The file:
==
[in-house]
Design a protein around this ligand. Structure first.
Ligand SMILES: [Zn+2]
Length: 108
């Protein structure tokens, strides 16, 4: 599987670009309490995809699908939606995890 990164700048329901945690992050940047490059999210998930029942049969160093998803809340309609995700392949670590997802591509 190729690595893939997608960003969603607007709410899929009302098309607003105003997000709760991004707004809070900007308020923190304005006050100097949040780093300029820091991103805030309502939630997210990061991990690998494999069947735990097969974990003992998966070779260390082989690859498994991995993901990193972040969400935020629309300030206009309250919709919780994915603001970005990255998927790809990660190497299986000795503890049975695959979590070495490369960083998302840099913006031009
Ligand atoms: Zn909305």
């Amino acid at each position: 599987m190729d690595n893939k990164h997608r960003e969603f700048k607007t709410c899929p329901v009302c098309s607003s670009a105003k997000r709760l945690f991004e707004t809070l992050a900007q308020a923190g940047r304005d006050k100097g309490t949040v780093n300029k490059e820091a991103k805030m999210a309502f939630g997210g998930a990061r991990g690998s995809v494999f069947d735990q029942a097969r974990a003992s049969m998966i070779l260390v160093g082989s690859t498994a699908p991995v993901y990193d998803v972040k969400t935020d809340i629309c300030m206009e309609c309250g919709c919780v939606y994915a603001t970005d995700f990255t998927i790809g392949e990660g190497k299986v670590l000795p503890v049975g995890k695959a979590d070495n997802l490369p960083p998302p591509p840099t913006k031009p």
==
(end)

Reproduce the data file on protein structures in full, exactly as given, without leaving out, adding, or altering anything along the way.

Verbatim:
[in-house]
Design a protein around this ligand. Structure first.
Ligand SMILES: [Zn+2]
Length: 108
């Protein structure tokens, strides 16, 4: 599987670009309490995809699908939606995890 990164700048329901945690992050940047490059999210998930029942049969160093998803809340309609995700392949670590997802591509 190729690595893939997608960003969603607007709410899929009302098309607003105003997000709760991004707004809070900007308020923190304005006050100097949040780093300029820091991103805030309502939630997210990061991990690998494999069947735990097969974990003992998966070779260390082989690859498994991995993901990193972040969400935020629309300030206009309250919709919780994915603001970005990255998927790809990660190497299986000795503890049975695959979590070495490369960083998302840099913006031009
Ligand atoms: Zn909305």
């Amino acid at each position: 599987m190729d690595n893939k990164h997608r960003e969603f700048k607007t709410c899929p329901v009302c098309s607003s670009a105003k997000r709760l945690f991004e707004t809070l992050a900007q308020a923190g940047r304005d006050k100097g309490t949040v780093n300029k490059e820091a991103k805030m999210a309502f939630g997210g998930a990061r991990g690998s995809v494999f069947d735990q029942a097969r974990a003992s049969m998966i070779l260390v160093g082989s690859t498994a699908p991995v993901y990193d998803v972040k969400t935020d809340i629309c300030m206009e309609c309250g919709c919780v939606y994915a603001t970005d995700f990255t998927i790809g392949e990660g190497k299986v670590l000795p503890v049975g995890k695959a979590d070495n997802l490369p960083p998302p591509p840099t913006k031009p």